There are things we see every day in our urban space that are over-looked. Places so irrelevant to us they almost don’t even exist. Scenes that emerge either from natural debilitation over time, or from intended actions, without a purpose or reason, just are. Fuzzy, unimportant shapes in our peripheral vision that we walk past in a rush, or briefly viewed through the bus window. These are things that are seen but not registered: A poster advertisement scrunched up into wad of paper, still sitting in the glass case display. Or a missing tile of marble from the corner entrance of a garage, exposing the concrete plaster. These sceneries are what people might call trivial or boring, with no brilliance. Although they have no incredible importance, they still have a physical place in our community, existing either temporarily or momentarily. Even though they are not registered visually or mentally by an individual, this does not make them nonexistant, so why not acknowledge them?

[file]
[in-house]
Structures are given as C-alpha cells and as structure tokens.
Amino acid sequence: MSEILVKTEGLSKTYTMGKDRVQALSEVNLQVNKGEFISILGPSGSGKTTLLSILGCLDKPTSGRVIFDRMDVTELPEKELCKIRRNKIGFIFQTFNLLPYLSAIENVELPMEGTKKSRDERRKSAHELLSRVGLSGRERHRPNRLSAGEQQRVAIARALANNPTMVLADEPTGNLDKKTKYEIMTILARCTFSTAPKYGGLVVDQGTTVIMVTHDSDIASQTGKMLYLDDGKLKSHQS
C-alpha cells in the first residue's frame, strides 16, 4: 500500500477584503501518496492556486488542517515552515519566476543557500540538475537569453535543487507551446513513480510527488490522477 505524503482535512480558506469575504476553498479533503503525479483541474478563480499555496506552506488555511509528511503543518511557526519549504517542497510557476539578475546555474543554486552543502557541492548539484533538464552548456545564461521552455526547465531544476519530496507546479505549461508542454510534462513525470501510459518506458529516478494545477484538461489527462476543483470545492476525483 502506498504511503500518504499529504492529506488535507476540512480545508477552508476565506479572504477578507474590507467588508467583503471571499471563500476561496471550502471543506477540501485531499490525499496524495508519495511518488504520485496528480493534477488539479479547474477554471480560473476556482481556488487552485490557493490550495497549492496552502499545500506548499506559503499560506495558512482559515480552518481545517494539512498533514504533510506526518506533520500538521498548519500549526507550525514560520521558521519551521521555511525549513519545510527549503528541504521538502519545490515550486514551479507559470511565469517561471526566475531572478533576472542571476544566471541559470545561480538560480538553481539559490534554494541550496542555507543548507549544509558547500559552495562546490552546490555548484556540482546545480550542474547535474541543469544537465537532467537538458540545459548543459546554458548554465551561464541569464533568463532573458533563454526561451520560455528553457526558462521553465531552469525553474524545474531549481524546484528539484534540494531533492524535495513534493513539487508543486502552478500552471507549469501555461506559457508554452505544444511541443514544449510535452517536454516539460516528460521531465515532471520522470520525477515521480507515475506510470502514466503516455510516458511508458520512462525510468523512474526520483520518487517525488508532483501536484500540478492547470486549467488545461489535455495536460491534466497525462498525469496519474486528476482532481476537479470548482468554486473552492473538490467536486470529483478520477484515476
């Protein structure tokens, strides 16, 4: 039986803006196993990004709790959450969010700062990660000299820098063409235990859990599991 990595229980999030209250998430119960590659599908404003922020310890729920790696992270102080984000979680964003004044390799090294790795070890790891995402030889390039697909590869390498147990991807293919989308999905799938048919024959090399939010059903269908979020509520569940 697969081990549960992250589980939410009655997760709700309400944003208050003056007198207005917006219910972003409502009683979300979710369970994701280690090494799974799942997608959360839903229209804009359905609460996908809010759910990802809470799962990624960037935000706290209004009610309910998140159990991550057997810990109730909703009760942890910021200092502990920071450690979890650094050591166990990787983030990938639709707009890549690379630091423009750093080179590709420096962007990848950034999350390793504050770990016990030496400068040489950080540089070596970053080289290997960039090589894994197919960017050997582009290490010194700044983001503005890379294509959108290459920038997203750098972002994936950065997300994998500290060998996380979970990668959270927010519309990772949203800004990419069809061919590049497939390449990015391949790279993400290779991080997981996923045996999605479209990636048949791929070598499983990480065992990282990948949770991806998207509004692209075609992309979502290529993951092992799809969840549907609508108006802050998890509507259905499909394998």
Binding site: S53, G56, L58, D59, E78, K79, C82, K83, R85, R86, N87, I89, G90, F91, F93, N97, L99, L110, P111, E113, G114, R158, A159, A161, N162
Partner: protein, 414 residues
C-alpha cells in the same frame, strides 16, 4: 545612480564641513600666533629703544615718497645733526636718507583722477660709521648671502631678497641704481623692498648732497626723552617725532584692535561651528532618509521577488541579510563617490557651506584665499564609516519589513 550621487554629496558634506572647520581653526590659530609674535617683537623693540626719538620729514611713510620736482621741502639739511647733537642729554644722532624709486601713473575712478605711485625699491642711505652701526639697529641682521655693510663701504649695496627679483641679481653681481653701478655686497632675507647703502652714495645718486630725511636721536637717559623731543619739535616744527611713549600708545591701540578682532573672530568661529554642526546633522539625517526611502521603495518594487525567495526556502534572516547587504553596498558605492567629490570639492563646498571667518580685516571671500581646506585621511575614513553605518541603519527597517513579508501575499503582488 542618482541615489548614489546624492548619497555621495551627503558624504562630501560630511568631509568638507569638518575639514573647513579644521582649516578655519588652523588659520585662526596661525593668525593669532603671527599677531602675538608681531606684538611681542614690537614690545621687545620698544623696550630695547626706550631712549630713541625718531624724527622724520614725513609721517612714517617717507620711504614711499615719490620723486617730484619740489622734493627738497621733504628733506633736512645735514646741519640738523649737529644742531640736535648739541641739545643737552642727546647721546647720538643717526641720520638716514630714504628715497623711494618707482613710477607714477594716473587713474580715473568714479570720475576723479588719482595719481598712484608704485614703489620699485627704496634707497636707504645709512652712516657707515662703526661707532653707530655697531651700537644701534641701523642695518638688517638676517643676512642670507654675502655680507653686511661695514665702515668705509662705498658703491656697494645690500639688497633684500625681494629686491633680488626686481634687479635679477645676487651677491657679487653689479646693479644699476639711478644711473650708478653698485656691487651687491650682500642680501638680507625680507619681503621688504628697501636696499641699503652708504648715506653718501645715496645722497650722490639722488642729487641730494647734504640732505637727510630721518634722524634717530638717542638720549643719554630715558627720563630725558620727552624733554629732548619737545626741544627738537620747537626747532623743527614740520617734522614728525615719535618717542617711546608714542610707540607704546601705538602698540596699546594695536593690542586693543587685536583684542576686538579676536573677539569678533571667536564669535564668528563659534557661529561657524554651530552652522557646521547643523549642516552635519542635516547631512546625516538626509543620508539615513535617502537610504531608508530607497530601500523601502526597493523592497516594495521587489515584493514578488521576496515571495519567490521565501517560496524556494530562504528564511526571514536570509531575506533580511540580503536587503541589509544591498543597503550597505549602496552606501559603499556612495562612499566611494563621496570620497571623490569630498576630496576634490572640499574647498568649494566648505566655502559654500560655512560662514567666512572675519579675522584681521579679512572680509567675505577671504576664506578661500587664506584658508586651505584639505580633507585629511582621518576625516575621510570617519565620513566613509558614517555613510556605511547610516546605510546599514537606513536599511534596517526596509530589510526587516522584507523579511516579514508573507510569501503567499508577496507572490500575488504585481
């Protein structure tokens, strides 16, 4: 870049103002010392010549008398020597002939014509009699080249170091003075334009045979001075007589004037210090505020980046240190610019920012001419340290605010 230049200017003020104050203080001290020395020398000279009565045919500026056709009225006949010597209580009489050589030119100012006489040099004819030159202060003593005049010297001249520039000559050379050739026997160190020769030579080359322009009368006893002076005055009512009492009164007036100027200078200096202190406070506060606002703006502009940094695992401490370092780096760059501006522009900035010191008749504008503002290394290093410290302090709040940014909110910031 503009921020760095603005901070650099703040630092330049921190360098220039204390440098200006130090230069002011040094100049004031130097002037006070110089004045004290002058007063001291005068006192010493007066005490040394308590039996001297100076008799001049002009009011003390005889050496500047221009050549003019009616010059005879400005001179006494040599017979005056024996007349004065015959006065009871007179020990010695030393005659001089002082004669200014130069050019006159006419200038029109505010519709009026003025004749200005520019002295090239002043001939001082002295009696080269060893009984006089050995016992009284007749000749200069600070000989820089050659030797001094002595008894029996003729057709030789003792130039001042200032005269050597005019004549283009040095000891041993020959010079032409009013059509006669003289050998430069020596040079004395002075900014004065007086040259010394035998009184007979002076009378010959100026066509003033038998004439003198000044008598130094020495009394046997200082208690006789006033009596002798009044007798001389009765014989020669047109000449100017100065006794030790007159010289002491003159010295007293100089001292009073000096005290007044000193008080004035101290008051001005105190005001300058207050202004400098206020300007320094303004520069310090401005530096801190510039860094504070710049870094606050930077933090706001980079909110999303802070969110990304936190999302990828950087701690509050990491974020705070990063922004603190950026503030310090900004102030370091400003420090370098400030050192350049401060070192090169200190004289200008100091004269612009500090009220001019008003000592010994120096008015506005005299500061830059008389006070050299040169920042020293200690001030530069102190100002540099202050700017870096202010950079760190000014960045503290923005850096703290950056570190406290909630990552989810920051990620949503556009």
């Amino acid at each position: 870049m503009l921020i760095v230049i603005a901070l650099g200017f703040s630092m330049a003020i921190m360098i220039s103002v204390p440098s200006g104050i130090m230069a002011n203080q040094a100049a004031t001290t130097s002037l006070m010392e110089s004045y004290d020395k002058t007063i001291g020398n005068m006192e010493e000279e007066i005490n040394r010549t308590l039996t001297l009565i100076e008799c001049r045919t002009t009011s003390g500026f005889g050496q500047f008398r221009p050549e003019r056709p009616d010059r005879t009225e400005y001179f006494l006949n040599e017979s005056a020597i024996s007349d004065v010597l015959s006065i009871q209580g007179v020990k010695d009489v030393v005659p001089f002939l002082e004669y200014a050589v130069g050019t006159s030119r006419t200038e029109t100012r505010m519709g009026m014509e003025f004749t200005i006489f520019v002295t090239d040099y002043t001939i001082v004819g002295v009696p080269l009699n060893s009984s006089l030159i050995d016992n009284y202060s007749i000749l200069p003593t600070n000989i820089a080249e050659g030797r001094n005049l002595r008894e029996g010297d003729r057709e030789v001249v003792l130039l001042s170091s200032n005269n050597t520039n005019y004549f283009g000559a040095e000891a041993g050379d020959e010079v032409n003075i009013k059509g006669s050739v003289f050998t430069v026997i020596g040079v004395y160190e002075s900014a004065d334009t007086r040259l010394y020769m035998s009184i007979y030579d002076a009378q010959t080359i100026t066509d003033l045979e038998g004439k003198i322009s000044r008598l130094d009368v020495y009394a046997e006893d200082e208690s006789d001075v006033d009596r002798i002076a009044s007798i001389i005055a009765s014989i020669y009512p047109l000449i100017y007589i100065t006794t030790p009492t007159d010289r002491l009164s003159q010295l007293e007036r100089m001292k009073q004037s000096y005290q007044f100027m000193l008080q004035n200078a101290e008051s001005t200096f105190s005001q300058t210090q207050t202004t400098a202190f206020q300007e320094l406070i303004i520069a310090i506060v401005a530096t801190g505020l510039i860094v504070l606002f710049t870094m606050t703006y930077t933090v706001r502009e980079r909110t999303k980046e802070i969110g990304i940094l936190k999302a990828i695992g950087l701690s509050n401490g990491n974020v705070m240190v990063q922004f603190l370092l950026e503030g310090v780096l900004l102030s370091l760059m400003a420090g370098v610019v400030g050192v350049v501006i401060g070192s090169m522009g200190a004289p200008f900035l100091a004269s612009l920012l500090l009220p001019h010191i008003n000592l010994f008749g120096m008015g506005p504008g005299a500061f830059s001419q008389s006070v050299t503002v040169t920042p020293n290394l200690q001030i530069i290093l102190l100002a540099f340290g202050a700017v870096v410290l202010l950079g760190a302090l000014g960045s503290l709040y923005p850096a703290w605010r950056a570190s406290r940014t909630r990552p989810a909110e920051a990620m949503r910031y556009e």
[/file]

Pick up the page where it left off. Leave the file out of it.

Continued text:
These images are the acknowledgement of these places and things. In this ongoing series, an emphasis is put on architectural and sculptural particularities found on the streets of Paris. Focusing on untouched compositions, these structures raise questions and ideas about intent, purpose, and time. Confining these scenes within the frame, and presenting related found objects, brings attention to things that are meaningless or overlooked, giving them a purpose. Photographing these spectacles is both acknowledging and documenting them.